South Dakota Voter Registration

Attorney: Natalie A. Landreth, Jacqueline De León

Under the National Voter Registration Act (NVRA), state public assistance agencies and motor vehicle offices are required to provide voter registration services when people are applying for services, renewing their eligibility, and providing change-of-address information. The Rosebud Sioux Tribe, the Oglala Sioux Tribe, and voting rights group Four Directions filed a federal court complaint against South Dakota officials for failing to offer voter registration services through state agencies serving the public, as mandated by the NVRA.

Photo of South Dakota capitol building

South Dakota capitol building

September 16, 2020

Today, the Rosebud Sioux Tribe, the Oglala Sioux Tribe, and voting rights group Four Directions filed a federal court complaint against South Dakota officials for failing to offer voter registration services through state agencies serving the public, as mandated by the National Voter Registration Act (NVRA).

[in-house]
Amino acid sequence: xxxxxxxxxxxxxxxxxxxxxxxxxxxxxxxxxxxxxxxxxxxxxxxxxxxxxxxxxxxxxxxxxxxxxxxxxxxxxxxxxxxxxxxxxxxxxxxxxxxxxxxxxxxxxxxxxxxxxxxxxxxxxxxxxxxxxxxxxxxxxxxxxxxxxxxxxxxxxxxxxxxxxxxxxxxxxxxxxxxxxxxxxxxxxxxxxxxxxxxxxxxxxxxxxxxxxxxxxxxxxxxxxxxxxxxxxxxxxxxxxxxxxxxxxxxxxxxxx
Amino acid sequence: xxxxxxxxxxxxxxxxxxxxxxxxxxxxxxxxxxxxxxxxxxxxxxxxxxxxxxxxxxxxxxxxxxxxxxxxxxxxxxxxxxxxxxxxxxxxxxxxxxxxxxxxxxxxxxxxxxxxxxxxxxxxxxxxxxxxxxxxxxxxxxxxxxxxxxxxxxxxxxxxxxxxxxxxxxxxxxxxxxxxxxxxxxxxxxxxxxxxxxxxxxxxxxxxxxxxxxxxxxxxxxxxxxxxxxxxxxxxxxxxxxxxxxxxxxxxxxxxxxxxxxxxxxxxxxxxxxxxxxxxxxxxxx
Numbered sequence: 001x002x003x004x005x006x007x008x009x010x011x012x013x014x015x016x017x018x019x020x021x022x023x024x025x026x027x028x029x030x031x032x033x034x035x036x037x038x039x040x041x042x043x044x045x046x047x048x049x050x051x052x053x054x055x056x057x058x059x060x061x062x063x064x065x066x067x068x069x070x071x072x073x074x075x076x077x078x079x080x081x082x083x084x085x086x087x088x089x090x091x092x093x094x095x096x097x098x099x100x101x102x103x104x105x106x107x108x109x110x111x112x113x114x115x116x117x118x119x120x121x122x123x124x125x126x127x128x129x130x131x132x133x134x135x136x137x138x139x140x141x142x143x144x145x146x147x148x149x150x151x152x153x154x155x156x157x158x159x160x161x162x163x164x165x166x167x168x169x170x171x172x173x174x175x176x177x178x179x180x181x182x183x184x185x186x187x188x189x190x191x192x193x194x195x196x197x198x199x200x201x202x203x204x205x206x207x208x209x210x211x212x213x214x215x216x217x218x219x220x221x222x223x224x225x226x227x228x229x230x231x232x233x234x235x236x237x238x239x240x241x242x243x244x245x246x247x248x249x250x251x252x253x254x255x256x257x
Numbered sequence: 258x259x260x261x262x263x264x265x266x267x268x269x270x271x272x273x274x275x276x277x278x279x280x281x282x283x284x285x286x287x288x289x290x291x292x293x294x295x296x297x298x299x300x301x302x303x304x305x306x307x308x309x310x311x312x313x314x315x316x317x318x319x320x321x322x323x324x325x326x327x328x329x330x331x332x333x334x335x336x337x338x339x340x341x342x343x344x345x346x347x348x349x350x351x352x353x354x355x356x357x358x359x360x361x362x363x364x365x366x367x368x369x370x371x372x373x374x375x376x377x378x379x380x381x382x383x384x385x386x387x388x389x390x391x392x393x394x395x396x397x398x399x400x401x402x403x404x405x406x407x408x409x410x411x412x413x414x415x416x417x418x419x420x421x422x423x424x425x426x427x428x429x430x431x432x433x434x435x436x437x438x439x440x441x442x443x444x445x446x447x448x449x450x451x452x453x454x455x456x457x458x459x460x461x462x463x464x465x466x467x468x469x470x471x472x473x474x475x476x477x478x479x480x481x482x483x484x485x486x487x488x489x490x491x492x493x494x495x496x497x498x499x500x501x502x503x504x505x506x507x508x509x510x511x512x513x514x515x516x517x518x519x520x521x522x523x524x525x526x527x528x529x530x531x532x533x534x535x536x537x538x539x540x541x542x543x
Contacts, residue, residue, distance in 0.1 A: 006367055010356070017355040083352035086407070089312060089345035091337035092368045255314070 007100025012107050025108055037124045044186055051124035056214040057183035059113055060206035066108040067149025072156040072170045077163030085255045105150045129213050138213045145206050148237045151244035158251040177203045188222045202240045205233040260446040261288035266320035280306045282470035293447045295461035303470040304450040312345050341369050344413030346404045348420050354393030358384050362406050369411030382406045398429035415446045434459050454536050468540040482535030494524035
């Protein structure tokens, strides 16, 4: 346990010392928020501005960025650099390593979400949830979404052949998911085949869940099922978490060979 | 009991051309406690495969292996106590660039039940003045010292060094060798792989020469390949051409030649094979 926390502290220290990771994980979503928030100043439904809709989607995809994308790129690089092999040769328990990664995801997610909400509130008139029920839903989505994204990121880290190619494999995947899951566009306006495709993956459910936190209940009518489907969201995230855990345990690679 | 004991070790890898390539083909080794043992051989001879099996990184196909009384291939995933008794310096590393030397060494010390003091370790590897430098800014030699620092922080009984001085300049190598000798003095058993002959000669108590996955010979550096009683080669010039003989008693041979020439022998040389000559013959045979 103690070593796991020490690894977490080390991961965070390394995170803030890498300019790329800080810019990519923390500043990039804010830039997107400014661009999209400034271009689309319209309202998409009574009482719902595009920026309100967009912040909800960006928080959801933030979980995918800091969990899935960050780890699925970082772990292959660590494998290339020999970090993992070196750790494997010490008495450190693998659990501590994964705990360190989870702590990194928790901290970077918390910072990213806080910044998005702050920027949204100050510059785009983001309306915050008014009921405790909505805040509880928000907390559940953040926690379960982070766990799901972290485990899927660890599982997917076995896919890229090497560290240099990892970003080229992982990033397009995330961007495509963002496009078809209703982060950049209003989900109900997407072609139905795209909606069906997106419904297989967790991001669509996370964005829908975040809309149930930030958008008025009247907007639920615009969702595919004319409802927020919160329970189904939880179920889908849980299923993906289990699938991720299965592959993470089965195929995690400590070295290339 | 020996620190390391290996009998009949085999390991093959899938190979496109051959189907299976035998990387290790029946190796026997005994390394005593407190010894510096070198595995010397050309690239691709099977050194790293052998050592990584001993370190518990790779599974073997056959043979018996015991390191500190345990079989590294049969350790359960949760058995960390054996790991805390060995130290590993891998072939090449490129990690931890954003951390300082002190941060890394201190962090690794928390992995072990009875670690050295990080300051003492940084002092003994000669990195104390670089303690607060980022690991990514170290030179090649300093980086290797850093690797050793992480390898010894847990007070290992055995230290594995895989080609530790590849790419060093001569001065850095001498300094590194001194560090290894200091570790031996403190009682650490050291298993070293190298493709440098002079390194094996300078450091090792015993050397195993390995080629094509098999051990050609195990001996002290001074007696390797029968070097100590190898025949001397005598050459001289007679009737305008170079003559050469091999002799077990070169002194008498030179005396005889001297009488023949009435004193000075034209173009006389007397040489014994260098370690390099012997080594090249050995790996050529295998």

Under the NVRA, state public assistance agencies and motor vehicle offices are required to provide voter registration services when people apply for services, renew their eligibility, or provide change-of-address information. The complaint documents a steep drop in voter registration applications from public assistance agencies in recent years, and other clear evidence of non-compliance with the NVRA.

In this matter, the Tribes are represented by the Native American Rights Fund (NARF) and Four Directions is represented by Demos.

NARF Staff AttorneyJacqueline De León commented, “We documented Native American residents routinely being underserved by the state of South Dakota when it came to voter registration. Native Americans are not being offered the voter registration opportunities they are entitled to under law. We told the state that there was a problem, but they did not fix it. Apparently they did not see the disenfranchisement of Native voters and the silencing of Native voices as an important issue. We do.”